Expect great things from Reyes this season, health-permitting, because it sounds an awful lot like he’s all the way back to form, with renewed vigor on his side. His arsenal is immaculate, and if he’s in the business of attacking the strikezone for St. Louis the same way he did back in Memphis, then the ceiling is the roof for sure.


Andrew Heaney, SP, Los Angeles Angels (31.1%) 

If you missed out on the three guys above (which is very possible considering how hot they’re both flying off the shelves right now), then stop everything you’re doing right now and pick up this sterling alternative.

From a 61.9% first pitch strike rate (48th best in the league if it qualified), an 11.9% Swinging Strike rate (tied for 27th best), and one of the lowest average exit velocities in all of baseball…


…Heaney – like the aforementioned Reyes – has come all the back from Tommy John Surgery guns blazing. He’s owned righties to the tune of a 27% K rate and a .683 opp. OPS, upped the usage of his devastating curveball to a career-high 24.5% clip, and has discovered a true equalizer in his third pitch – the changeup (5.1 pVAL, which would trail Zack Greinke for fifth-highest in the Majors). Solid control, a universally great arsenal, a top-20 K-rate, and fantastic contact management skills all amount to an ace-like value if the stars continue to align like they are right now. I’ve been singing my praises of Andrew Heaney for weeks, and after a dominant performance in Yankee Stadium, it’s about time you do, too. BUY, BUY, BUY!!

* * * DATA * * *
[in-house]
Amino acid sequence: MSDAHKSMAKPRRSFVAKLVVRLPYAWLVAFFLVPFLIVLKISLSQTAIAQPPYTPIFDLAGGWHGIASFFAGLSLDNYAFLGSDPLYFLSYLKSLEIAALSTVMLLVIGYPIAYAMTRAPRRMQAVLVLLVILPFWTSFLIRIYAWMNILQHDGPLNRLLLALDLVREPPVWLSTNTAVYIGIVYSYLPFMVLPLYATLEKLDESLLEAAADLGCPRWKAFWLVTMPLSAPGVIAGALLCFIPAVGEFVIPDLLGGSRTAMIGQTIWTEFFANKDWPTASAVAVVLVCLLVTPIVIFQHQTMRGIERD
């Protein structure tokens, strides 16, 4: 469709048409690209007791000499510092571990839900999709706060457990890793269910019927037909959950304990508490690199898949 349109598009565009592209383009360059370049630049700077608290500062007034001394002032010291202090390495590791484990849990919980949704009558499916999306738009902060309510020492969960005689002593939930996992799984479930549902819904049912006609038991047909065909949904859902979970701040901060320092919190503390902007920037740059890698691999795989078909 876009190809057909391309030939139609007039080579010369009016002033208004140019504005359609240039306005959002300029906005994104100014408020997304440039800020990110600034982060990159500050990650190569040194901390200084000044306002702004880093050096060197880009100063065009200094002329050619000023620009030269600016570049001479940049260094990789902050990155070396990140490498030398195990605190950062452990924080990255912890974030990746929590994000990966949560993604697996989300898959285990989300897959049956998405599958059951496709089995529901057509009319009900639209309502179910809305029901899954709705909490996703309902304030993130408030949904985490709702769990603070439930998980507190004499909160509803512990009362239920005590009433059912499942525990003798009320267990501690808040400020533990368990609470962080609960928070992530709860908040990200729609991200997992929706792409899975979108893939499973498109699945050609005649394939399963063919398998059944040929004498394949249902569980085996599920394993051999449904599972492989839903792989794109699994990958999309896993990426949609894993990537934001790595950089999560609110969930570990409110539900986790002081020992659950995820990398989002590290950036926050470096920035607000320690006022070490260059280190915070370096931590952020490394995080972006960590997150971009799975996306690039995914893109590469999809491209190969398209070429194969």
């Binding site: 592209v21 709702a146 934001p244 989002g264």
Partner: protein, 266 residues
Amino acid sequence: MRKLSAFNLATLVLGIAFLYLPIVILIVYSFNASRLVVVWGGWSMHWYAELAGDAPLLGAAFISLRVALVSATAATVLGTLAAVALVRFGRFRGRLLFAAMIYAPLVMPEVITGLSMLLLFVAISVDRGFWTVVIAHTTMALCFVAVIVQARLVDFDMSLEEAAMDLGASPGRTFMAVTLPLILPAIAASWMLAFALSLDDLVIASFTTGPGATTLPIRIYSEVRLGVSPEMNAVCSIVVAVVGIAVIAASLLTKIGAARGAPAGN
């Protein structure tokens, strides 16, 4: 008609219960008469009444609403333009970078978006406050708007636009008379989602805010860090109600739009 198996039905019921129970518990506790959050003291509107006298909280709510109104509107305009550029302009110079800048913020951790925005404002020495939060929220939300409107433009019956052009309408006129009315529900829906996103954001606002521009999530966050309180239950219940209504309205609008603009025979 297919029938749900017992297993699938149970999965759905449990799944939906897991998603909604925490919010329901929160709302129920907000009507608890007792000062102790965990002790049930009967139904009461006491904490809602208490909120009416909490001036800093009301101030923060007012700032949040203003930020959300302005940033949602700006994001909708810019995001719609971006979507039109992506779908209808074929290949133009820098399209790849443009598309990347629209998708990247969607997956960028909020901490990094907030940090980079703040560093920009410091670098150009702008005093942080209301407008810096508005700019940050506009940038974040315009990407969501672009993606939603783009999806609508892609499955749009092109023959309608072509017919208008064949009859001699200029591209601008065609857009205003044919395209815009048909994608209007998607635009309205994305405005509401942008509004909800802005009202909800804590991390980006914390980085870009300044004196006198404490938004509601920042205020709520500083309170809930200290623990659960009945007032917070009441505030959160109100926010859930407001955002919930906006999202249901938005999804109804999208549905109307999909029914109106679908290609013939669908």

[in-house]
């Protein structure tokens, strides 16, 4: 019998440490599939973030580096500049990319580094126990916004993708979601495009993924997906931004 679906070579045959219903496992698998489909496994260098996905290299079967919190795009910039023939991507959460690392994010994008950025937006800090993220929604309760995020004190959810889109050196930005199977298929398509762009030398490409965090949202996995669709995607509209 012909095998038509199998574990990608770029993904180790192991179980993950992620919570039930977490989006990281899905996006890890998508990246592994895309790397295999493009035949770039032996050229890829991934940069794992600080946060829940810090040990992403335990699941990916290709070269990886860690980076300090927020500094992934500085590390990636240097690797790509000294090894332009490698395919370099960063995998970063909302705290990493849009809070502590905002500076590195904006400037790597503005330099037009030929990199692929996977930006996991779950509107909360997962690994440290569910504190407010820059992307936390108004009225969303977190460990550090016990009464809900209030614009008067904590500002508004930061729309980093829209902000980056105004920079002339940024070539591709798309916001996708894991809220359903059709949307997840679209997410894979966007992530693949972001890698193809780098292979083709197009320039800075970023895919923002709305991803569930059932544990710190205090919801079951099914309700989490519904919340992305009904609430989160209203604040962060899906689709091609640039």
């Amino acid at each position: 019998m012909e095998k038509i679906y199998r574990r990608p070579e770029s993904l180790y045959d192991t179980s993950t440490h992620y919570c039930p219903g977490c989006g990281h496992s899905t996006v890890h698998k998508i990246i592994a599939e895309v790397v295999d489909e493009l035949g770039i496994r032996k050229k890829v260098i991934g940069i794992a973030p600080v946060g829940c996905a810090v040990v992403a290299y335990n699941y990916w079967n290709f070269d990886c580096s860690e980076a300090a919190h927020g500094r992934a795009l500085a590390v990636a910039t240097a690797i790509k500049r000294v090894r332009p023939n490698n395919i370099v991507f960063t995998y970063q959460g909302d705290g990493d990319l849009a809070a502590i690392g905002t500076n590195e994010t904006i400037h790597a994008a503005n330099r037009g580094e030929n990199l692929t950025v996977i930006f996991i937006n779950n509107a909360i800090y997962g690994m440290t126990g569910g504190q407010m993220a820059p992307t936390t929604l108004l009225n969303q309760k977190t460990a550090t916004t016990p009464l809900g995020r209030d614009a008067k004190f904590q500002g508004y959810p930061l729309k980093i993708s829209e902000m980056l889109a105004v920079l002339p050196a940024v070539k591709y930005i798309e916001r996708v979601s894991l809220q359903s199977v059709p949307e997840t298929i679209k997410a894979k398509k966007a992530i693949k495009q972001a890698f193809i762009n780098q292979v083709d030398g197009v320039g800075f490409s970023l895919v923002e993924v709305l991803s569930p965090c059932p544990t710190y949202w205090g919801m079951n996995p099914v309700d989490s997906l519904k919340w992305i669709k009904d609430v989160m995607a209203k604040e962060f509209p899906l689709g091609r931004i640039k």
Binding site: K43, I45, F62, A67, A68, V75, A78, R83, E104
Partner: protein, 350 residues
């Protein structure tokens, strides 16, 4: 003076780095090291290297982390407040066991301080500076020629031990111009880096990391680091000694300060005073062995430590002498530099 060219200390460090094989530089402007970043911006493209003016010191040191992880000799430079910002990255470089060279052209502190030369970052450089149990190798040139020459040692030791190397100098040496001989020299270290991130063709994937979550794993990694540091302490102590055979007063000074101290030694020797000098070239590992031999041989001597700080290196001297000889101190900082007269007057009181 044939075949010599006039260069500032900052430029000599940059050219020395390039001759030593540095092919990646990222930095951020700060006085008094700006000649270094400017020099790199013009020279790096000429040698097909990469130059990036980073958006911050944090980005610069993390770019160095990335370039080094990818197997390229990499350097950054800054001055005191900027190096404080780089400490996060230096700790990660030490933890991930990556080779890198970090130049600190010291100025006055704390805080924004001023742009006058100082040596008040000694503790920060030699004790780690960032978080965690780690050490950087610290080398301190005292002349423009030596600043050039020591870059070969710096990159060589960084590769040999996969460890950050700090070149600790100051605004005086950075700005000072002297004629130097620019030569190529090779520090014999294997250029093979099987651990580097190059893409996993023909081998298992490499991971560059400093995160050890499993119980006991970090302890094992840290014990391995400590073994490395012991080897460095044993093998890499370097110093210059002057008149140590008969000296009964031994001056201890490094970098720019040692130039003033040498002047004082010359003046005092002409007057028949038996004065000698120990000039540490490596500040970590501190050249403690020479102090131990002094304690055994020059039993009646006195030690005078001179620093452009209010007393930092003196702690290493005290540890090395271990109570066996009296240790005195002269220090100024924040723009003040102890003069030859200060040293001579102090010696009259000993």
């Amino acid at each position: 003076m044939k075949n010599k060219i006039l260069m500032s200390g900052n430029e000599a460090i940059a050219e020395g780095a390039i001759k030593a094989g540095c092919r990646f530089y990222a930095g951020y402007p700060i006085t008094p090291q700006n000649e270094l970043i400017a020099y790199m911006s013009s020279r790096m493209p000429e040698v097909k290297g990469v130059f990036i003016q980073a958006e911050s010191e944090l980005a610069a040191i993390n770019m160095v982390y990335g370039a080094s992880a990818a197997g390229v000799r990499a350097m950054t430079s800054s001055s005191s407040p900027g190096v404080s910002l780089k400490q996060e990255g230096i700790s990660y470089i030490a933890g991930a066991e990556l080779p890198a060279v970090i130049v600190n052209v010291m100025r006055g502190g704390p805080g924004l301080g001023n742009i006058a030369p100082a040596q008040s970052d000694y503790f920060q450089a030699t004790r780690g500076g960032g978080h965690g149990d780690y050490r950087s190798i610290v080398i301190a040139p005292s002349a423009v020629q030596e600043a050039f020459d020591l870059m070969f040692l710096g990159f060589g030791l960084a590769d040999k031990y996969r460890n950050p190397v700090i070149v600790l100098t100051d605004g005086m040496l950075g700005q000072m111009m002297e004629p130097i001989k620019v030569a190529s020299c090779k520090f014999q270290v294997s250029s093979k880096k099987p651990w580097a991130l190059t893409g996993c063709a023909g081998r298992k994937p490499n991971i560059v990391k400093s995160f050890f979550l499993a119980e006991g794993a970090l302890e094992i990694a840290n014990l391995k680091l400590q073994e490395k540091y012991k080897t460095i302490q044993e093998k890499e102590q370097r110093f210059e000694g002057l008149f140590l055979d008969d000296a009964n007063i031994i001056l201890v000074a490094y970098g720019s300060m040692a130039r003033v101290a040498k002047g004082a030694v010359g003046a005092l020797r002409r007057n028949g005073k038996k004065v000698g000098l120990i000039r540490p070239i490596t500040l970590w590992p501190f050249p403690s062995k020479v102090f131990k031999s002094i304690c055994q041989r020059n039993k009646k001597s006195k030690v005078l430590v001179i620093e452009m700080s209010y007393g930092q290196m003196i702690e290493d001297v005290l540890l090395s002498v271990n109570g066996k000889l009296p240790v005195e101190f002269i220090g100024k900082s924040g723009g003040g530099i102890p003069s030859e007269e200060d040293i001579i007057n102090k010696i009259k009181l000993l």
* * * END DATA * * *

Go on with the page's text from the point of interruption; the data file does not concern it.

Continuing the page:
Daniel Mengden (27.4%) & Trevor Cahill (24.2%), SP, Oakland Athletics

The hope for myself and my fantasy baseball column is that, within the next week or two, I’ll have compiled enough viable evidence to offer up sprawling, comprehensive Sell-High/Buy-Low articles that’ll help you gain a leg up above the competition as the season reaches “grind or go home” territory. As an owner of three separate fantasy teams, I think it’s vitally important to know the true value of each and every player I have, and have an idea of what direction they’re all headed in.